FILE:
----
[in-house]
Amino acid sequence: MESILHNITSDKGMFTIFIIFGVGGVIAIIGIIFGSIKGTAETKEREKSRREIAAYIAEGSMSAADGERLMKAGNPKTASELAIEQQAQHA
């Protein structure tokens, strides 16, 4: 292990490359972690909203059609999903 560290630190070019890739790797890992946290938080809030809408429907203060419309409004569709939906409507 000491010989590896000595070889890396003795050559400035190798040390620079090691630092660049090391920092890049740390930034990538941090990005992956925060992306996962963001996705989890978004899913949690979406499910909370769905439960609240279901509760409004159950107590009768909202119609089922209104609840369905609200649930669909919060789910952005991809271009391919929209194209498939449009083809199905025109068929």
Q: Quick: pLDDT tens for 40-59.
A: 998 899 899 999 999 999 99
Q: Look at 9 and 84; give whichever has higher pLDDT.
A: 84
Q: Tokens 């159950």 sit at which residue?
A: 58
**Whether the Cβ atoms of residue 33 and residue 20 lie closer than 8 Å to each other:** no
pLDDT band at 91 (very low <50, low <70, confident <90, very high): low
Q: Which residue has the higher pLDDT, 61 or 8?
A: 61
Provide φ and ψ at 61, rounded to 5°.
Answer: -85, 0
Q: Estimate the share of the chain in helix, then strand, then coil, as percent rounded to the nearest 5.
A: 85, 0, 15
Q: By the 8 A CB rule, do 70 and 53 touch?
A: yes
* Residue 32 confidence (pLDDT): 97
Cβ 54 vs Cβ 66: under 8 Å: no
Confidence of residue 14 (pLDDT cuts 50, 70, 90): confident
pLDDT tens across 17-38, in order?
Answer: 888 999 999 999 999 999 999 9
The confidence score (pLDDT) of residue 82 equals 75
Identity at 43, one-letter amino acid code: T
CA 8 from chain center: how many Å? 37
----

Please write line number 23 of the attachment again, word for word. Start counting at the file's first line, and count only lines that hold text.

pLDDT tens across 17-38, in order?